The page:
Last remaining board member Mbulaheni Maguvhe’s urgent application to prevent a parliamentary inquiry in the affairs of the SABC was turned down in the Western Cape High Court.
Judge Siraj Desai ruled that: “Because of the obvious urgency of the court on this matter, I would tend decline it,” he said reasons would follow.
He further ordered that he had to foot the legal bill for his own legal team as well as those of the four other respondents, including parliament.
Maguvhe’s advocates Thubani Masuku and Kgomosoane Mathipa had argued that an inquiry by the ad hoc committee into the fitness of the board was unfair as he had already been pre-judged by MPs.
Masuku tried to reason that an independent inquiry should be held as there was no “fairness and justice” in the “frightening” committee.
“It’s pre-judgment my lord… You are already stuffed,” said Masuku.
Maguvhe approached the high court last weekend after the committee issued a subpoena that as the last remaining non-executive chairman he had to participate in hearings to determine the fitness of the body to exercise its fiduciary responsibilities.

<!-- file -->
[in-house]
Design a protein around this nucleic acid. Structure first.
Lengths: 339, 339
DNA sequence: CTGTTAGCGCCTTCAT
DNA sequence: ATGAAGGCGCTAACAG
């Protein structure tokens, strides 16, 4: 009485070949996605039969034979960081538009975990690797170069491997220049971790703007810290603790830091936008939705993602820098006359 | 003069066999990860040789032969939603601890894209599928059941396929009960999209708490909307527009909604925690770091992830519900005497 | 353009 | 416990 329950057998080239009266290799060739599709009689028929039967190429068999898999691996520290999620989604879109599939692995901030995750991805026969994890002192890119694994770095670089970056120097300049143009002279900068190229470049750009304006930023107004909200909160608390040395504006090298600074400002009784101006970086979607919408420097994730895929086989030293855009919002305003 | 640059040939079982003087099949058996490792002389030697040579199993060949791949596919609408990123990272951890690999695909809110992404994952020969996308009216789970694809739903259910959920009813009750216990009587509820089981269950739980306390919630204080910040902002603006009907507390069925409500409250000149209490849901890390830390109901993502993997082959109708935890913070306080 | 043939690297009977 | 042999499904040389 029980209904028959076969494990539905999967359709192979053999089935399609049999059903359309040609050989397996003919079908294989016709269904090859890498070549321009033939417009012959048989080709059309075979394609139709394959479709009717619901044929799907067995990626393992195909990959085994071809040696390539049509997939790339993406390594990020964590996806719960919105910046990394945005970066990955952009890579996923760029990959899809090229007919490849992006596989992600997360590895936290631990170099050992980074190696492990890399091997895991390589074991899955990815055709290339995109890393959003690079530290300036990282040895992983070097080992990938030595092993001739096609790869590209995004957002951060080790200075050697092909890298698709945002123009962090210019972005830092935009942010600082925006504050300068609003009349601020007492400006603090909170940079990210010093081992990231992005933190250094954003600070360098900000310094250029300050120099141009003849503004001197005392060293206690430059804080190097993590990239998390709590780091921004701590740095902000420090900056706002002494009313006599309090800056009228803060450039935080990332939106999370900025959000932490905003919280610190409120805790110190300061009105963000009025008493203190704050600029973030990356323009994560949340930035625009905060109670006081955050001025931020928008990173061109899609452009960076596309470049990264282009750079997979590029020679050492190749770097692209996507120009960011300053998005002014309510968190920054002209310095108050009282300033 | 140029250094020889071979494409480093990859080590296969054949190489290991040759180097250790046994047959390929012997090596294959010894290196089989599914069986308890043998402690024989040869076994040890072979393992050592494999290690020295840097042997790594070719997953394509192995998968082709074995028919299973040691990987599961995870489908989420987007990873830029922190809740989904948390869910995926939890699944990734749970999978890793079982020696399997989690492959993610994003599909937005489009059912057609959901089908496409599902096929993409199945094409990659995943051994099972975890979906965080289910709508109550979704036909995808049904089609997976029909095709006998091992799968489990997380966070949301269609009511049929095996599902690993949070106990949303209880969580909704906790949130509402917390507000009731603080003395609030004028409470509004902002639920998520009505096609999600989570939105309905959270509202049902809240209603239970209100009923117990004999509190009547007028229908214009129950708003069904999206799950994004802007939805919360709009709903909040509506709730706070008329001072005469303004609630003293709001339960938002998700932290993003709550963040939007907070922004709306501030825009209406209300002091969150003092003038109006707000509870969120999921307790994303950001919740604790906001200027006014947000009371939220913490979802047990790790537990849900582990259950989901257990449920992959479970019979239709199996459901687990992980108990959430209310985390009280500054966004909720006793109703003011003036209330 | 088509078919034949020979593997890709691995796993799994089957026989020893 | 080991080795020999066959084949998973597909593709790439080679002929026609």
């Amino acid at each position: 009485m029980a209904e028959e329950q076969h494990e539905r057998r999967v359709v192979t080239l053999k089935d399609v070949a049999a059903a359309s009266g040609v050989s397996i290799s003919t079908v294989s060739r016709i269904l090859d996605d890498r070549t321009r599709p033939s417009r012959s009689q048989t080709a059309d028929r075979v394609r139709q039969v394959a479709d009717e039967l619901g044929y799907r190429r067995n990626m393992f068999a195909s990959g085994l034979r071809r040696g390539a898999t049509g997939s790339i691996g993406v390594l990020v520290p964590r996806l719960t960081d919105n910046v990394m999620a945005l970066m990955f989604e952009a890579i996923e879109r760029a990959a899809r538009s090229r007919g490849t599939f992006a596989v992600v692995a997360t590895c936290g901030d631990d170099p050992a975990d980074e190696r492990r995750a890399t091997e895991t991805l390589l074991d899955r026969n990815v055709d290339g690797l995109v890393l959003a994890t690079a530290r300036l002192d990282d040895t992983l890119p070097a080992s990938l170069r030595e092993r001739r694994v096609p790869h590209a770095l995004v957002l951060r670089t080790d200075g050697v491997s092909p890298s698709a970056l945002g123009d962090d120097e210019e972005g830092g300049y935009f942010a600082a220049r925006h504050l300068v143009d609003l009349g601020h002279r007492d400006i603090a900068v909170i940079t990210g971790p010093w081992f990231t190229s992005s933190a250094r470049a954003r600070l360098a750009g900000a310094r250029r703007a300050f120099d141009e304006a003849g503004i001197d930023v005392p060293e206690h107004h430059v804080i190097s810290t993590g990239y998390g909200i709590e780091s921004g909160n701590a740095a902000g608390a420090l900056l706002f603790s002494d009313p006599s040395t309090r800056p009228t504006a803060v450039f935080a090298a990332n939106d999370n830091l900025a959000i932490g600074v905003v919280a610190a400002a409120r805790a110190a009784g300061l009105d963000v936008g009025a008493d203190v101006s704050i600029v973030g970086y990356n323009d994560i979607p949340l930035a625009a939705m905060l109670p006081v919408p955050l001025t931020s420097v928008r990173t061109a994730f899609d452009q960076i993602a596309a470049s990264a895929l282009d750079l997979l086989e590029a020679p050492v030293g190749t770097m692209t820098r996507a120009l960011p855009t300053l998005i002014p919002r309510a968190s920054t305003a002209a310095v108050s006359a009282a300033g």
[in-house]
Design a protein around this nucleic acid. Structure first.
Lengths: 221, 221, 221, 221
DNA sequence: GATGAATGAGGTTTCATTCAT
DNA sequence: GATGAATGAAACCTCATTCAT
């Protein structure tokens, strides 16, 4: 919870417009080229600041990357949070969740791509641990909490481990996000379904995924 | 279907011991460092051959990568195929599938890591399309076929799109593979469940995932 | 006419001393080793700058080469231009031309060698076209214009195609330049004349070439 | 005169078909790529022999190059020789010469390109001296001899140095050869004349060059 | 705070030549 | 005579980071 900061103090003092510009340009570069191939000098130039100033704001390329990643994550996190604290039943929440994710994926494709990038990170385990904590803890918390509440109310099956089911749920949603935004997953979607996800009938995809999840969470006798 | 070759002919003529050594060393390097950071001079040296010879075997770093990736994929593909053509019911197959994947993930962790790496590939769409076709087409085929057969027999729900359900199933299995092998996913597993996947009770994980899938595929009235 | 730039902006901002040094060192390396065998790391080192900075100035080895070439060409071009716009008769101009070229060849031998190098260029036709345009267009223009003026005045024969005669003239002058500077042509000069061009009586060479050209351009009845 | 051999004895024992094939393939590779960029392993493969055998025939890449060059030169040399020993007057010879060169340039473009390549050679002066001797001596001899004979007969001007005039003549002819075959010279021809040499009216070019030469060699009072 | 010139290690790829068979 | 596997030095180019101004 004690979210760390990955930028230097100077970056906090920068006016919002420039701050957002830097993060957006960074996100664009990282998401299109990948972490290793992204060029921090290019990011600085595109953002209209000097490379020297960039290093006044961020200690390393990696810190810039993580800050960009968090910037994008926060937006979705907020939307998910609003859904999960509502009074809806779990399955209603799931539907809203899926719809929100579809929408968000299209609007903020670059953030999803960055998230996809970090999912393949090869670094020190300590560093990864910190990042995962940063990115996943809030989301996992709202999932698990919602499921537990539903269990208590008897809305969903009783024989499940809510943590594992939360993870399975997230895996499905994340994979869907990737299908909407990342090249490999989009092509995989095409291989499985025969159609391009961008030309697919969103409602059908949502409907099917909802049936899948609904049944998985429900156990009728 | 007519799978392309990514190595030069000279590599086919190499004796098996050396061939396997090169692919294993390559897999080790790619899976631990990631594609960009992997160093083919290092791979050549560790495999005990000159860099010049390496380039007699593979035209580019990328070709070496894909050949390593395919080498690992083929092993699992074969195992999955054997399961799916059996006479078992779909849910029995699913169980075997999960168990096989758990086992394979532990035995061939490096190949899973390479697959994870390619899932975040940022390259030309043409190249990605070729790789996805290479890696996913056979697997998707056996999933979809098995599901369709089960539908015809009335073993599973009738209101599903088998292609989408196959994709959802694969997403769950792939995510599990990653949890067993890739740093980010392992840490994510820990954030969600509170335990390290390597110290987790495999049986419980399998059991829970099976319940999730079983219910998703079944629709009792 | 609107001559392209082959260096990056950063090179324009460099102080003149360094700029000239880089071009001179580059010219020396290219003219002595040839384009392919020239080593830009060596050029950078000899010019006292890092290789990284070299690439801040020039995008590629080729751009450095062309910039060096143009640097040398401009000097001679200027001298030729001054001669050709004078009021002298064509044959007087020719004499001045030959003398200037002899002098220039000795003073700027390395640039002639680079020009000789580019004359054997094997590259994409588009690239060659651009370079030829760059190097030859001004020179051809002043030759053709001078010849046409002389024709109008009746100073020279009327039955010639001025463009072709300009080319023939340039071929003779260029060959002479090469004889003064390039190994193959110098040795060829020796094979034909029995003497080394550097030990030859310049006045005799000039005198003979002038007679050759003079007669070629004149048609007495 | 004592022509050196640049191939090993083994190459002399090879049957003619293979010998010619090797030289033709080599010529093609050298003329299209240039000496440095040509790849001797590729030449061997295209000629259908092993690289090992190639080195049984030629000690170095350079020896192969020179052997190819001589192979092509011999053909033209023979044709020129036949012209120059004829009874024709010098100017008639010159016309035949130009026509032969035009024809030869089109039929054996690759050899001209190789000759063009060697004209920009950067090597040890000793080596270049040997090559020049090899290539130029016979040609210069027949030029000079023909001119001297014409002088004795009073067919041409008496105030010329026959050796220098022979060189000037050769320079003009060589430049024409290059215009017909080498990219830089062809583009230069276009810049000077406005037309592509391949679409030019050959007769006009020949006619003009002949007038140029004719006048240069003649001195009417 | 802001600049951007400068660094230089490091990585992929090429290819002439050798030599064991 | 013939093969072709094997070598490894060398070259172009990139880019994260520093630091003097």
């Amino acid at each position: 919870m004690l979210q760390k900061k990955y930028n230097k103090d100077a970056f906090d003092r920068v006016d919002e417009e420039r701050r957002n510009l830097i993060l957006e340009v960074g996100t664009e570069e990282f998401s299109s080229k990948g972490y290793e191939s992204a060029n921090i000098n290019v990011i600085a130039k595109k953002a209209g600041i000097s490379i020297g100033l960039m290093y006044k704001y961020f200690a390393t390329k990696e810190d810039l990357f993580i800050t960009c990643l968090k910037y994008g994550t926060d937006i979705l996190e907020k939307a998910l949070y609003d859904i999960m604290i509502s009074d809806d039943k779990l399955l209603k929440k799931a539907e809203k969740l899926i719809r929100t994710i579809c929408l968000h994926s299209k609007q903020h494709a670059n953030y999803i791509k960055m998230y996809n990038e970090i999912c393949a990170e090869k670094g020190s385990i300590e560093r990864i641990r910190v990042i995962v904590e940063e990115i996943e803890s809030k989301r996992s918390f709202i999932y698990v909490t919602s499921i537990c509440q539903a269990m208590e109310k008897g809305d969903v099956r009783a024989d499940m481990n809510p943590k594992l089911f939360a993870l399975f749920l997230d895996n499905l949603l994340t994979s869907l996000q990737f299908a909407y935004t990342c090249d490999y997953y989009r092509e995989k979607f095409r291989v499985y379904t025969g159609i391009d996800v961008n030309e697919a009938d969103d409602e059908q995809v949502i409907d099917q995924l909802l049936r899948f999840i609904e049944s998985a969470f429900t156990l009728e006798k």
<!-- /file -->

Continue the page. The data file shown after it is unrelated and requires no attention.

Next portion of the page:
He has argued that a hearing would be unfair as MPs, specifically DA members Phumzile van Damme and Mike Waters had called for the dissolution of the dysfunctional board of one and charged that it was politically compromised.
Legal Council for Van Damme and Waters Anton Katz said the MPs had agreed that they were open to having their minds changed during the course of the ad hoc committee hearing.
Parliament’s advocate Denzil Potgieter earlier stated that by virtue of being MPs, parliamentarians would have strong views and there was nothing wrong with that.
Katz also indicated that it was a misunderstanding on the part of Maguvhe that he would be be held personally liable.
The inquiry was about the board of the SABC even though it was only constituted of one person.
It was not about a person but about the board of the corporation.